For C++ classes it is not as intuitive, primarily because to expose your class members and properties to QML, you need a QObject, as detailed in the guidelines provided in the Qt software documentation on integrating C++ with QML language. Take special note of the Q_OBJECT, Q_PROPERTY and Q_INVOKABLE macros.

Unfortunately, to return a custom class as a QVariant in the QAbstractListModel, we need it registered using meta data, which states:

Any class or struct that has a public default constructor, a public copy constructor, and a public destructor can be registered.

from Detailed Description in qMetaType documentation.

Which a QObject does not fulfil as it does not have a copy constructor. So, we are between a rock and a hard place.

QAbstractListView is not the only container class we can use in a list view, but it is arguably the correct one. You could use say QList<Object *>, but then adding and removing items will not be correctly reflected.

The solution in C++ is to ensure that we return a pointer via the QVariant.

Lets look at an example. Firstly, we create our class, and we provide two strings store internally as mText and mCommand, and a submit method. mText is exposed via a property we will call name, and we expose the submit method using a Q_INVOKABLE macro. To provide an example of multiple ways to expose your members and methods, we also provide a public slot alternate_submit, as they can be referenced from QML language directly. Which you will use will be a subjective choice.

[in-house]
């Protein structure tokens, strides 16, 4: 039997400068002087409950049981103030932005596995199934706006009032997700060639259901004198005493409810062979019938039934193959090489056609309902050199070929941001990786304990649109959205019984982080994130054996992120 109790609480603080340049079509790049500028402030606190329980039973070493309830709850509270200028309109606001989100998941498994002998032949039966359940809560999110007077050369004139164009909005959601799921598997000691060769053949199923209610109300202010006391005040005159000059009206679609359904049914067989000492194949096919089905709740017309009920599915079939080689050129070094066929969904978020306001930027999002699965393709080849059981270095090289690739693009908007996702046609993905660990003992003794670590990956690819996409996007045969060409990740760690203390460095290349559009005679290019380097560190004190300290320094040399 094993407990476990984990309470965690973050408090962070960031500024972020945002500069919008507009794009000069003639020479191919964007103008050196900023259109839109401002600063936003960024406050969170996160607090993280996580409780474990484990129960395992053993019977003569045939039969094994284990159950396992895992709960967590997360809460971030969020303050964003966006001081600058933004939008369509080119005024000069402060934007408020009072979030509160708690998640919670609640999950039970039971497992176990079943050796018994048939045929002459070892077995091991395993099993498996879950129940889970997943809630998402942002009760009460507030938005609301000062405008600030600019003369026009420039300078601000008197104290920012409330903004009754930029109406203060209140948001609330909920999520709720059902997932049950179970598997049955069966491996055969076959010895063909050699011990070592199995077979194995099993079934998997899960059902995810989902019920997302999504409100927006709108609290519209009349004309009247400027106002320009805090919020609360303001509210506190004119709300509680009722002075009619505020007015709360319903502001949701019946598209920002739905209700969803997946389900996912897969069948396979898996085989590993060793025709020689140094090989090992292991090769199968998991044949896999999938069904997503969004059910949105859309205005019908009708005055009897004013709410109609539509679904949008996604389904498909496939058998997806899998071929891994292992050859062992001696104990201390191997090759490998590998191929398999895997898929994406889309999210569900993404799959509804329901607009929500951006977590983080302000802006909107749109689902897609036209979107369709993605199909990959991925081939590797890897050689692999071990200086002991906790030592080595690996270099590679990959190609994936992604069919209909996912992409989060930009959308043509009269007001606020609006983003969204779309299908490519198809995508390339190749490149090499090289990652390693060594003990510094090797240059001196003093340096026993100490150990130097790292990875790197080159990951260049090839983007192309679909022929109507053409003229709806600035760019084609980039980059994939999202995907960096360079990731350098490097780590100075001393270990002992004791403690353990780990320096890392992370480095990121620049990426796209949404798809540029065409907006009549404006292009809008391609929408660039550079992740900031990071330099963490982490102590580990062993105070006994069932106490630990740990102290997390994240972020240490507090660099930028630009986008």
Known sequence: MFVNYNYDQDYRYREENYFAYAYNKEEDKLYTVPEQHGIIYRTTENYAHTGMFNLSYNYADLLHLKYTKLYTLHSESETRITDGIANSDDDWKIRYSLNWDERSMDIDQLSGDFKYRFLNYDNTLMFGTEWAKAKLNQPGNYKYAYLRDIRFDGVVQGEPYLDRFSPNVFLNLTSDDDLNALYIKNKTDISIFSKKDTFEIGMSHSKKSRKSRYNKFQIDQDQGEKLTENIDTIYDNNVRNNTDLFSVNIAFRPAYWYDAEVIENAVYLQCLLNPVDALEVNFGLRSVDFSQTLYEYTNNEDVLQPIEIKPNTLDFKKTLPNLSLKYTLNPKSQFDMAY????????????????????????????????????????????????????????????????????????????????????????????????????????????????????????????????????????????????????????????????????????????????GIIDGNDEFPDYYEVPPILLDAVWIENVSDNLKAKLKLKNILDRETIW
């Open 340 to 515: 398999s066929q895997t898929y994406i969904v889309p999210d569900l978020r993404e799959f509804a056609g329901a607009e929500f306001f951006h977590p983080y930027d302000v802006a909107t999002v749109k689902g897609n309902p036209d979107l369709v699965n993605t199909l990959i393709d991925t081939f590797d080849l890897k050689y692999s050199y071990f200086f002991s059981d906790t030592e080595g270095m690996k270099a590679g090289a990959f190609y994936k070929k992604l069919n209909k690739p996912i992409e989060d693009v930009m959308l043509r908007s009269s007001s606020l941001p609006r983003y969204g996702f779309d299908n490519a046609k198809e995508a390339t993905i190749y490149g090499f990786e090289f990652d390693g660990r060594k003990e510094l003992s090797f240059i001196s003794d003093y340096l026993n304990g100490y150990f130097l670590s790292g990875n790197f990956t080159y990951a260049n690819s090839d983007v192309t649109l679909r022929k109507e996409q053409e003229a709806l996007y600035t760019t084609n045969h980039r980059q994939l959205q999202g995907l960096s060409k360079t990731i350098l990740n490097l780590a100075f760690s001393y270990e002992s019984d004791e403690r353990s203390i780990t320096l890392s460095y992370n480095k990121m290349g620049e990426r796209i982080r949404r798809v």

#include <QObject>
#include <QMetaType>

class YourClass: public QObject
    Q_PROPERTY(QString name READ Text WRITE setText)
    YourClass(const QString& txt, const QString& command);
    QString Text(void) const;
    QString Command(void) const;
    Q_INVOKABLE void submit(void);

public slots:
    void alternate_submit(void);
    QString mText;